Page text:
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teen pointingCanine Flu, Bird Flu and Beyond

The Great InfluenzaAs part of a "reading in the content areas" program, students selected a work of fiction or non-fiction work read.

It's difficult for Jamal to find a good place to read at home. He's found that the comfortable leather chairs in the library are the perfect place catch up.

After reading The Great Influenza: The Epic Story of the 1918 Pandemic by John M. Barry, Jamal became interested in whether a pandemic like the one in 1918 could strike again. Is the world prepared for this type of disaster? How would a pandemic impact the poorest members of our communities? Is the public health system ready?

The Canine Influenza Epidemic: Fact or Fiction?

dogLike most teens, Jamal communicates with family members through email. When he receives an email "forward" from him grandmother in Florida, he generally puts it in the trash. She sends lots of "forwarded messages" including chain emails, prayers, political jokes, and urban legends. While she thinks of these messages as fact, Jamal is much more skeptical. He's also mature enough not to argue with grandma.

However one email forward catches his eye. The headline is "The New Canine Influenza". The message states that a virus deadly to dogs was first found in greyhound race dogs and has been spreading in the canine population of the U.S. He wonders if this could be true. His grandmother is clearly concerned about Bailey, the family dog.

Having recently read The Great Influenza: The Epic Story of the 1918 Pandemic by John M. Barry for a science class, Jamal considers whether this could be connected to other recent viruses such as the "bird flu."

Like most teens, Jamal spends lots of time on the Internet. His first stop is Snopes to look up dog flu. He quickly locates a copy of the ominous email and is shocked to find that Snopes indicates the email is True. After reading the background information found by Snopes, he decides to conduct his own investigation to confirm the information in the email.

The message refers to an article at Recombinomics.com, so he checks the reference. Wondering about the credibility of this website, he examines the Founder page and learns that the website is authored by a person with authority. To check his credentials, Jamal googles "Henry L Niman". He finds that Niman is being interviewed by many news and health organizations worldwide on this topic.

The article also mentions AVMA. Googling AVMA brings up the American Veterinary Medical Association. This website contains the JAVMA (Journal of Veterinary Medical Association) News which links to an article titled "Canine influenza virus emerges in Florida." It states that "Known as canine influenza or canine flu, the disease is caused by a highly contagious virus that was recently identified by researchers at the University of Florida College of Veterinary Medicine." Jamal decides to read the press report from the Florida Agriculture and Consumer Services Commissioner titled Bronson Alerts Public to Newly Emerging Canine Flu. The article indicates that the actual report is in the journal Science (30 September 2005).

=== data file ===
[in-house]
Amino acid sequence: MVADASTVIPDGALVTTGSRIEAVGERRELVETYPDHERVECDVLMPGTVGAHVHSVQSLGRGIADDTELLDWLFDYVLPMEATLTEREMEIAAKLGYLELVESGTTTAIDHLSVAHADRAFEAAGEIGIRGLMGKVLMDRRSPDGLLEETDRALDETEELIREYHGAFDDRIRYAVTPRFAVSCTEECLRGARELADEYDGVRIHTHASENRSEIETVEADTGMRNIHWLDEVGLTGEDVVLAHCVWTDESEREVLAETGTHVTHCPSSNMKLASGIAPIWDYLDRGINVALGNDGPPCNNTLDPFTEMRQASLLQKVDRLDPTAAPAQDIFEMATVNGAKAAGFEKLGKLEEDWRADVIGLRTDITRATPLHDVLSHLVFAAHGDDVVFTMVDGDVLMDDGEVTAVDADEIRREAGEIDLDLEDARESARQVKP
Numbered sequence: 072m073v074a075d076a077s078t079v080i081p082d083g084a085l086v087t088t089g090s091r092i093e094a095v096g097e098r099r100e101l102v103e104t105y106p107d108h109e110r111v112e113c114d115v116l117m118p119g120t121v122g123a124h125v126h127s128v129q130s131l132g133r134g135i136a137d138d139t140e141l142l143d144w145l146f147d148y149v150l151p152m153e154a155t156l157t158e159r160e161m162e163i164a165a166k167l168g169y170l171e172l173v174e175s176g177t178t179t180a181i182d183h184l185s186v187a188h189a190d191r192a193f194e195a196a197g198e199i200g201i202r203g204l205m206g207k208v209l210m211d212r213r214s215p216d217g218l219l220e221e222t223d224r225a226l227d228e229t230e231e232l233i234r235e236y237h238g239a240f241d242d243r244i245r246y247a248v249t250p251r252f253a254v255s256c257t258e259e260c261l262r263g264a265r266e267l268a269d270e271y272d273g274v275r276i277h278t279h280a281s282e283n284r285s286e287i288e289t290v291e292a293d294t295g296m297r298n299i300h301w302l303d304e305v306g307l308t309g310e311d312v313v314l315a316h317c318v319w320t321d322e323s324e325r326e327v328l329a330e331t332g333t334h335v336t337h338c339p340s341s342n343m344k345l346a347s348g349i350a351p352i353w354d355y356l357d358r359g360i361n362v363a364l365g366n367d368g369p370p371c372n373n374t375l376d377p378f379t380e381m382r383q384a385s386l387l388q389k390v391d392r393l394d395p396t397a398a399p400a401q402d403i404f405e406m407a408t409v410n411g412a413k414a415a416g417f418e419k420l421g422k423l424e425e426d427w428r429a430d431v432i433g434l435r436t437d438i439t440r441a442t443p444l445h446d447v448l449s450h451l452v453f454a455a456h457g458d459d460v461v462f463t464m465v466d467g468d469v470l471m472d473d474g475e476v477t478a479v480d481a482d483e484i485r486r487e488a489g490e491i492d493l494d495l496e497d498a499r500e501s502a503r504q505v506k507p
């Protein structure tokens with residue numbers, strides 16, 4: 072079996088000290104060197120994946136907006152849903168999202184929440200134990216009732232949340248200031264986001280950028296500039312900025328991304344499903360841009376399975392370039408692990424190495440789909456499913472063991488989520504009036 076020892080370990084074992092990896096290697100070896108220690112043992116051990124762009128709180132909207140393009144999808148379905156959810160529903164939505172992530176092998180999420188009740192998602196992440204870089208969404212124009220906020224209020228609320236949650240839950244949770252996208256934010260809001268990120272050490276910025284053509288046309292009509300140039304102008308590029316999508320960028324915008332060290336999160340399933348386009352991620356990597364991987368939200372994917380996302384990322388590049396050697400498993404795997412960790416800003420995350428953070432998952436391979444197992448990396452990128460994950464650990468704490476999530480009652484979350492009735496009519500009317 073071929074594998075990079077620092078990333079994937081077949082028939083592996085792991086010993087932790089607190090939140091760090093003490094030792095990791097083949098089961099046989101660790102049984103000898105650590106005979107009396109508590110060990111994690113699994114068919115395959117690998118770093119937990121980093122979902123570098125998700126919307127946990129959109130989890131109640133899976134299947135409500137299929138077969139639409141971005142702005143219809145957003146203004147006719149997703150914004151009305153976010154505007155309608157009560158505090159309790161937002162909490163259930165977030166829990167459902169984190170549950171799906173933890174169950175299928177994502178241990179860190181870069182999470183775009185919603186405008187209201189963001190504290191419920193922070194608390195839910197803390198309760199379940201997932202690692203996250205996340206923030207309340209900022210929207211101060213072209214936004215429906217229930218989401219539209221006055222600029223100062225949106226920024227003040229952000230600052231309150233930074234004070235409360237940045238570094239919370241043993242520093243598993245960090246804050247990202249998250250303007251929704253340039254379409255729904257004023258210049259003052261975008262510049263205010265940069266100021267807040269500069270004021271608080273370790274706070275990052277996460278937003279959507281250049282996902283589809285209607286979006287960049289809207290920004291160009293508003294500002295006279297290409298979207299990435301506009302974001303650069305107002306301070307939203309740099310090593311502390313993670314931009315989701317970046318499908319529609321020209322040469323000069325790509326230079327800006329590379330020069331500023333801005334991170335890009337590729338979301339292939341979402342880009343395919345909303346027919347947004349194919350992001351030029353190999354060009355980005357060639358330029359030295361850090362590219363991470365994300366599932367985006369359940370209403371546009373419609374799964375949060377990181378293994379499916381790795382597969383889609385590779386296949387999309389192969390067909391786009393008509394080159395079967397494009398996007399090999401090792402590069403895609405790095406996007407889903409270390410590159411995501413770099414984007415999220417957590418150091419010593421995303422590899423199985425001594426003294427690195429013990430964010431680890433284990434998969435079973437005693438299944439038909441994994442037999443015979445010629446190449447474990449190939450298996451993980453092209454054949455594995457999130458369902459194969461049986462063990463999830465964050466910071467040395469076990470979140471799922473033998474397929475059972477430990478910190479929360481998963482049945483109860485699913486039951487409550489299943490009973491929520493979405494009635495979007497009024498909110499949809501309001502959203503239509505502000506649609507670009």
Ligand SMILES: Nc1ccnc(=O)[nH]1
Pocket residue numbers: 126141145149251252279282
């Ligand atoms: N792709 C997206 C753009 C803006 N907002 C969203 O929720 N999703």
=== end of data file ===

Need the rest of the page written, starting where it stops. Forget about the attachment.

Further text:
Unfortunately he doesn't have access to the journal Science, so he logs into his school library to search for the article. He finds that the current issue isn't available online, but it is available in the physical library.

Jamal goes to the journal Science online and wonders about their credibility. The copyright notice indicates that the magazine is published by the American Association for the Advancement of Science. The AAAS website confirms that they are actually associated with this magazine. He has confidence in this article.

The email also mentions the APHIS. He googles APHIS and learns that it's the Animal and Plant Health Inspection Service of the USDA. The website isn't well organized, so he leaves.

Finally, he checks the references provided at the Snopes website from the New York Times and Boston Herald.

Satisfied that people are concerned about this topic, Jamal decides to see what government officials are doing to address this concern. Having gone to the CDC (Center for Disease Control) as part of his 1918 Pandemic report, he starts there.

He reads a transcript from a news briefing held September 26, 2005. Now we're getting somewhere. The conference includes the author of the article, Dr. Crawford from the University of Florida along with people from the CDC and Cornell. The discussion conveys the idea that the flu is a concern, but that the illness has a low mortality rate. The lead researcher even indicates that she would continue to show her dogs at Kennel Club events and is confident that they'll be fine. This makes Jamal feel much better.

Jamal emails his grandmother to assure her that Bailey will be fine.

Click the visual below to see a full-size version.


Become a Metacognitive Explorer

To be effective in a digital world, we must all become metacognitive explorers! The visual below represents Jamal's information inquiry process. Can you match the key points with his experience above? Can you match the key points with your own inquiry process? What are your comfort sources?

Click the visual below to see a full-size version.


Explore Mr. Washington's involvement as an instructional specialist.

Explore books and seating areas used by student information scientists.

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